Finally, my friend – The Barn Owl – just celebrated her first wedding anniversary. It’s funny thinking back, because on the day of her wedding, I sent Henley Boy a selfie. We’d had a first date a few days beforehand, and been chatting non-stop every since. (Which means this coming weekend is the year anniversary of when Henley Boy went AWOL, and set this whole blog in motion!). On the morning of the wedding, I sat with the Barn Owl, as she opened up her presents from her husband-to-be. I had been given a reading to do at the wedding – a children’s poem. The Barn Owl’s groom had written to the author of the poem, and commissioned two unique images of the character from the book, with aspects of their wedding, and the date, included in the pictures. It was one of the most adorable, heartfelt presents I’ve ever seen anyone open.

So why am I single? Because I’m waiting for that.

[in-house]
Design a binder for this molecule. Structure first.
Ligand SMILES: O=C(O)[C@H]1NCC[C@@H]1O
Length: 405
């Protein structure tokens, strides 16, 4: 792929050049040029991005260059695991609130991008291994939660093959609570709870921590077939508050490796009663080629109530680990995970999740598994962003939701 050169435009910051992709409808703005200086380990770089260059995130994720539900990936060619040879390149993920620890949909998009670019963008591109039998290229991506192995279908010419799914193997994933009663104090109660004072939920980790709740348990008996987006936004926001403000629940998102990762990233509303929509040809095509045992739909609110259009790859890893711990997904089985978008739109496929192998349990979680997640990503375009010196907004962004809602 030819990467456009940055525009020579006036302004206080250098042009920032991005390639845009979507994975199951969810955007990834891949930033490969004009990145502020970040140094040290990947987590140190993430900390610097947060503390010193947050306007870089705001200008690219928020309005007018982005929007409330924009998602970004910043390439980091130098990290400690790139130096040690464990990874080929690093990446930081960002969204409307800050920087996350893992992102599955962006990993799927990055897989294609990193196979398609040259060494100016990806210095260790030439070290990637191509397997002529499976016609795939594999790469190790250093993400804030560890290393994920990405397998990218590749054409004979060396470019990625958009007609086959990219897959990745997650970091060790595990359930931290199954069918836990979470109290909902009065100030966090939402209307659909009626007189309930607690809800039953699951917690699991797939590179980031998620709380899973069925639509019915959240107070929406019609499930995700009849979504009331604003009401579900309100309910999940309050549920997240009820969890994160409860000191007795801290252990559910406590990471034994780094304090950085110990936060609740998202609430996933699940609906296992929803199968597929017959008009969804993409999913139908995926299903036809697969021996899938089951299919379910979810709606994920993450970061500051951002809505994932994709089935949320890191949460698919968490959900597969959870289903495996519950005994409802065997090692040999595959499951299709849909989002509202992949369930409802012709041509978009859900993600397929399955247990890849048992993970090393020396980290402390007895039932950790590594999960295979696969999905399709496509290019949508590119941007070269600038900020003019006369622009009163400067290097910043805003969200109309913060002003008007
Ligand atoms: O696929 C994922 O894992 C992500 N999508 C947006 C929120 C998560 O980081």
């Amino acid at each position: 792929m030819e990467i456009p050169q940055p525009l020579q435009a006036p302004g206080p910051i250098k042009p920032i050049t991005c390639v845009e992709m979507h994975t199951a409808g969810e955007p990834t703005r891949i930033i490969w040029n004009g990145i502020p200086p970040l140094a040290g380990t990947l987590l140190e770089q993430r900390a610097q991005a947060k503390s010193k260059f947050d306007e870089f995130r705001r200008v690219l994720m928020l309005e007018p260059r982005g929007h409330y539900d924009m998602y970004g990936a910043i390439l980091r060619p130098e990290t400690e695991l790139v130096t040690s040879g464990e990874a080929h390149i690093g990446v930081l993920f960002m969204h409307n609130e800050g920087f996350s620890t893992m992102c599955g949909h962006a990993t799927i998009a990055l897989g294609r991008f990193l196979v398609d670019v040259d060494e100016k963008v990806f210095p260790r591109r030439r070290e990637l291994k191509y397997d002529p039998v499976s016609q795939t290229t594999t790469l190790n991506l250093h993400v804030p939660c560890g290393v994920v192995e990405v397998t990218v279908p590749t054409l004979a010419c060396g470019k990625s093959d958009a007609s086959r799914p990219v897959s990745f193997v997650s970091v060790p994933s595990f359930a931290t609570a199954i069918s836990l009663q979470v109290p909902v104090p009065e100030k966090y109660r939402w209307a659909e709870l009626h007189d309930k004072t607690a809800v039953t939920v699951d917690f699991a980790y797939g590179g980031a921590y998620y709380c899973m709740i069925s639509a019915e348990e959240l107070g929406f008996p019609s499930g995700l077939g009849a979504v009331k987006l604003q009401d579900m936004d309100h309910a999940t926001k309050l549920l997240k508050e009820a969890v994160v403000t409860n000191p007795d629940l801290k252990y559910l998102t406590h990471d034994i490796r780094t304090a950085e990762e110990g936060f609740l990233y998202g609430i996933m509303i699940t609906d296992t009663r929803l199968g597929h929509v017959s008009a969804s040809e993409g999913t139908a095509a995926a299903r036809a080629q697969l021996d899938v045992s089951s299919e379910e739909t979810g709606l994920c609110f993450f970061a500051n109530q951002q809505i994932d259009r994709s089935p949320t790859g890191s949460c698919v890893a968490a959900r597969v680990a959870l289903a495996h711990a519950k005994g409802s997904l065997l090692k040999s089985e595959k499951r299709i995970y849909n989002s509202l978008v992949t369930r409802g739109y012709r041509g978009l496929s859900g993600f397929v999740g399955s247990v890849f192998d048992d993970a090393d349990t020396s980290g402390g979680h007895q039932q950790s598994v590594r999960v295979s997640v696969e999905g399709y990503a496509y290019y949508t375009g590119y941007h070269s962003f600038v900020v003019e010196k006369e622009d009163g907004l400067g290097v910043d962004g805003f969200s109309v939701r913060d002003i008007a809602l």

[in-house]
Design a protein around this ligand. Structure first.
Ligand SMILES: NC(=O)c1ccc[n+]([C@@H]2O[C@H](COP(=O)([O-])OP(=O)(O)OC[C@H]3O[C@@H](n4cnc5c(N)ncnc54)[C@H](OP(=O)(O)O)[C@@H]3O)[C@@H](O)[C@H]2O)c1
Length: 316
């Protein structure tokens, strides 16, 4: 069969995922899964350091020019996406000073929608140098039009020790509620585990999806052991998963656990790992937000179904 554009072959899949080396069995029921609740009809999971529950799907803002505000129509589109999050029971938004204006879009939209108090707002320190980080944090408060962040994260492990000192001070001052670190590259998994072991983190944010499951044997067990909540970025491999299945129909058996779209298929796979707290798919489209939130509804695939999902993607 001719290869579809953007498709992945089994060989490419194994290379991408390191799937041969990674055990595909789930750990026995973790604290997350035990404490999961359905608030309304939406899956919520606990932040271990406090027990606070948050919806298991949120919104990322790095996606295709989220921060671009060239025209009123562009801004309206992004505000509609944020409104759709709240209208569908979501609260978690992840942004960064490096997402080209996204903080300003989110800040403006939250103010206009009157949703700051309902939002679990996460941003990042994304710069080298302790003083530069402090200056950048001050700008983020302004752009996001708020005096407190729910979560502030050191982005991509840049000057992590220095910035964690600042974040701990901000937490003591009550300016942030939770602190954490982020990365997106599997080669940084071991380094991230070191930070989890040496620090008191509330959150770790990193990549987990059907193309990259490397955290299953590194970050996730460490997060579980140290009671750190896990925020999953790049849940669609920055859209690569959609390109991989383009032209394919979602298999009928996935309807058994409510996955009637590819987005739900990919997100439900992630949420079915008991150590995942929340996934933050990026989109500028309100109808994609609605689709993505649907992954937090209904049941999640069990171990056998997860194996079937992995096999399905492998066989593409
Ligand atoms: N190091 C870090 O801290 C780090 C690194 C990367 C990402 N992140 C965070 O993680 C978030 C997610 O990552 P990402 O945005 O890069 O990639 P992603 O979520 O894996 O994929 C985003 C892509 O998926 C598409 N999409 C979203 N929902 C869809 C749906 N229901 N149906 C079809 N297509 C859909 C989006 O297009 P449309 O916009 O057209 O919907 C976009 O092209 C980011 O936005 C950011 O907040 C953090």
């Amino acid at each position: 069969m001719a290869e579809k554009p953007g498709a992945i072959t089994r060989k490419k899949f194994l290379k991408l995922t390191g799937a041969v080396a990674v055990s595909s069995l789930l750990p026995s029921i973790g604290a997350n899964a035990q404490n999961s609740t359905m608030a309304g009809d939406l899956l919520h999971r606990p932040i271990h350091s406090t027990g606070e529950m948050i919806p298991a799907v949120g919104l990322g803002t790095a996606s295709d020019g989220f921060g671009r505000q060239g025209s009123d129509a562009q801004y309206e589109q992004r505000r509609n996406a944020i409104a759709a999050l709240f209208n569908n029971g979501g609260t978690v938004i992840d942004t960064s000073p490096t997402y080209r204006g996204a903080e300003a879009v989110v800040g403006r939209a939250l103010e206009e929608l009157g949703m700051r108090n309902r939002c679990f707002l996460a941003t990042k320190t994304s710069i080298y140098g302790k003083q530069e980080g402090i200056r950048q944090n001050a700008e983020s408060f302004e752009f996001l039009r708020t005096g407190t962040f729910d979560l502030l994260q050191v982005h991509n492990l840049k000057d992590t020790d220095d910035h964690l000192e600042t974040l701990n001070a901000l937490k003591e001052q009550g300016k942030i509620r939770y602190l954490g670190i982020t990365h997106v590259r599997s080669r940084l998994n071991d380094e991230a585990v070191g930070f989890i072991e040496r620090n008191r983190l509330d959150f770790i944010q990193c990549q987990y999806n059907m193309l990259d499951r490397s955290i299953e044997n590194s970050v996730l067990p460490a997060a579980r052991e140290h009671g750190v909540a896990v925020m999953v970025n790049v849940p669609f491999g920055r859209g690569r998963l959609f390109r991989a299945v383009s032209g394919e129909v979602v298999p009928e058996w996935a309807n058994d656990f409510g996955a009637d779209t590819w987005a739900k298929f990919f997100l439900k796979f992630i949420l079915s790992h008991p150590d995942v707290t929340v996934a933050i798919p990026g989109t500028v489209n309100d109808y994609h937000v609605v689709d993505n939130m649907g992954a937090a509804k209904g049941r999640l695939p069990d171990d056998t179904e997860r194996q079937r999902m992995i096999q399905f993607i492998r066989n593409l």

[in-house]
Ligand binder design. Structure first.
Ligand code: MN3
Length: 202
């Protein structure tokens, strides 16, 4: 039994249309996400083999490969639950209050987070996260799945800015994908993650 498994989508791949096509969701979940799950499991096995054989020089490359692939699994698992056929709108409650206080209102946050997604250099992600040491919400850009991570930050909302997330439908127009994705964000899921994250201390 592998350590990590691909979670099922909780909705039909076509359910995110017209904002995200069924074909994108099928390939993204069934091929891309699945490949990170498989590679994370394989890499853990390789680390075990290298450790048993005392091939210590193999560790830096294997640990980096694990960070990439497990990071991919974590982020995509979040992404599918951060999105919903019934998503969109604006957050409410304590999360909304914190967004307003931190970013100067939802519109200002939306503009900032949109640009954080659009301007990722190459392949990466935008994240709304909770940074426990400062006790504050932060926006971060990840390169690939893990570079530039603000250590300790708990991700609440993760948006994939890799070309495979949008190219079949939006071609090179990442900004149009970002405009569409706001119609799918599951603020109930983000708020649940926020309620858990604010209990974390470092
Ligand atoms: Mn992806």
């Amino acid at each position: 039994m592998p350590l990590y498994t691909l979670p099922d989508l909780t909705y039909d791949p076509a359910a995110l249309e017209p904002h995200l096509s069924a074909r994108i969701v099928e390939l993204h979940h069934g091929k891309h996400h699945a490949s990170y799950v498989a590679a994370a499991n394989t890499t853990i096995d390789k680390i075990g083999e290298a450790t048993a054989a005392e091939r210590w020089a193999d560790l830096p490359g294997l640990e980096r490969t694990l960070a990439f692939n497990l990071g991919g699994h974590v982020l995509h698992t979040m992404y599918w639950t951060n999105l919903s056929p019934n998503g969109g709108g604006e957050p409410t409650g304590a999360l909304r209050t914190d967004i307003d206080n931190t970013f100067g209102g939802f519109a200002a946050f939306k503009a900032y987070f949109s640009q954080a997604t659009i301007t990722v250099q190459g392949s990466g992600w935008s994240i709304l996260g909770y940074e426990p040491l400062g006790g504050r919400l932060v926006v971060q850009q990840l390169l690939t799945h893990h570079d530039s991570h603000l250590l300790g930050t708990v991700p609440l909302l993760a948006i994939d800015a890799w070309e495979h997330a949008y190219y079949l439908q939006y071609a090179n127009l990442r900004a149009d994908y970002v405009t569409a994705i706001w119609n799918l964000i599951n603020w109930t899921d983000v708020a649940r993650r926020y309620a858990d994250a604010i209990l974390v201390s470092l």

Not Tweedle Dee’s husband, but a man who slots into my friendship group so easily, it’s as if my friends have known him for years. Not Bombshell’s husband, but a man who loves me so much, it has the power to reduce him to tears. A man who wants nothing more than to look after me and make me happy. Not Barn Owl’s husband, but a man who spends months planning a perfect present, purely for the reaction he knows it will create when I open it, even though he won’t be there to see me opening it.

And most of all. I’m waiting for someone who I can reciprocate all those things for too. Because for me, finding a partner is finding an equal, and finding a balance.